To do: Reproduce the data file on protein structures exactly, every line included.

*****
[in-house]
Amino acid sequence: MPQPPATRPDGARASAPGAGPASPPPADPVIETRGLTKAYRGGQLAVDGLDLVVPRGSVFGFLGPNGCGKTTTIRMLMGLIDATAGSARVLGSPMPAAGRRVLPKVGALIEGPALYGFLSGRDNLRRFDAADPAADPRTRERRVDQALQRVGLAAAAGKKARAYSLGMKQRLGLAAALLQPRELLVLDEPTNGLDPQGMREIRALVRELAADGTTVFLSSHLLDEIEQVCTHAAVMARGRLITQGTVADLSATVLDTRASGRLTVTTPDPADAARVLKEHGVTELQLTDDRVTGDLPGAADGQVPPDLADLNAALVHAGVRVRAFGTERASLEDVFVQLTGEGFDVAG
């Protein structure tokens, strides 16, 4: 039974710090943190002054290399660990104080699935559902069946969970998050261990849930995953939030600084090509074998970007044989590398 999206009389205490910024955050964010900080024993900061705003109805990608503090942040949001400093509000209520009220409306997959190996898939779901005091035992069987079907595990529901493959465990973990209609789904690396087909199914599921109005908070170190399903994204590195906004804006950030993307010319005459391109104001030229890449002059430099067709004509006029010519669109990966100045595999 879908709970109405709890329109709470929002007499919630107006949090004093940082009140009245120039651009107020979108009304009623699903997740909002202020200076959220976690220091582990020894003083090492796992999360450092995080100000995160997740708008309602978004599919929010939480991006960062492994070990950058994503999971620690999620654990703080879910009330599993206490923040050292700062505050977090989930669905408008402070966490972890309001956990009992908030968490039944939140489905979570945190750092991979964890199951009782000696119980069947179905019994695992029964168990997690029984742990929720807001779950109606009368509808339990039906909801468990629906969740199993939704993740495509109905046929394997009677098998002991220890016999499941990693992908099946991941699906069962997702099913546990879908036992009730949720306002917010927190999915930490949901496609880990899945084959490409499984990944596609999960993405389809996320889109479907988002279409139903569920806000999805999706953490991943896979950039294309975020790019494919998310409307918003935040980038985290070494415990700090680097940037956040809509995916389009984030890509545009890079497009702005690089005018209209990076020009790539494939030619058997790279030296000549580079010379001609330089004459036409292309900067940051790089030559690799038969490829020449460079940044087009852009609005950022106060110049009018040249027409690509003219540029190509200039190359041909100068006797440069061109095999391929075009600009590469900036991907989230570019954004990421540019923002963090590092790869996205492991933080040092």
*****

[in-house]
Amino acid sequence: MPQPPATRPDGARASAPGAGPASPPPADPVIETRGLTKAYRGGQLAVDGLDLVVPRGSVFGFLGPNGCGKTTTIRMLMGLIDATAGSARVLGSPMPAAGRRVLPKVGALIEGPALYGFLSGRDNLRRFDAADPAADPRTRERRVDQALQRVGLAAAAGKKARAYSLGMKQRLGLAAALLQPRELLVLDEPTNGLDPQGMREIRALVRELAADGTTVFLSSHLLDEIEQVCTHAAVMARGRLITQGTVADLSATVLDTRASGRLTVTTPDPADAARVLKEHGVTELQLTDDRVTGDLPGAADGQVPPDLADLNAALVHAGVRVRAFGTERASLEDVFVQLTGEGFDVAG
């Protein structure tokens, strides 16, 4: 039974710090943190002054290399660990104080699935559902069946969970998050261990849930995953939030600084090509074998970007044989590398 999206009389205490910024955050964010900080024993900061705003109805990608503090942040949001400093509000209520009220409306997959190996898939779901005091035992069987079907595990529901493959465990973990209609789904690396087909199914599921109005908070170190399903994204590195906004804006950030993307010319005459391109104001030229890449002059430099067709004509006029010519669109990966100045595999 879908709970109405709890329109709470929002007499919630107006949090004093940082009140009245120039651009107020979108009304009623699903997740909002202020200076959220976690220091582990020894003083090492796992999360450092995080100000995160997740708008309602978004599919929010939480991006960062492994070990950058994503999971620690999620654990703080879910009330599993206490923040050292700062505050977090989930669905408008402070966490972890309001956990009992908030968490039944939140489905979570945190750092991979964890199951009782000696119980069947179905019994695992029964168990997690029984742990929720807001779950109606009368509808339990039906909801468990629906969740199993939704993740495509109905046929394997009677098998002991220890016999499941990693992908099946991941699906069962997702099913546990879908036992009730949720306002917010927190999915930490949901496609880990899945084959490409499984990944596609999960993405389809996320889109479907988002279409139903569920806000999805999706953490991943896979950039294309975020790019494919998310409307918003935040980038985290070494415990700090680097940037956040809509995916389009984030890509545009890079497009702005690089005018209209990076020009790539494939030619058997790279030296000549580079010379001609330089004459036409292309900067940051790089030559690799038969490829020449460079940044087009852009609005950022106060110049009018040249027409690509003219540029190509200039190359041909100068006797440069061109095999391929075009600009590469900036991907989230570019954004990421540019923002963090590092790869996205492991933080040092």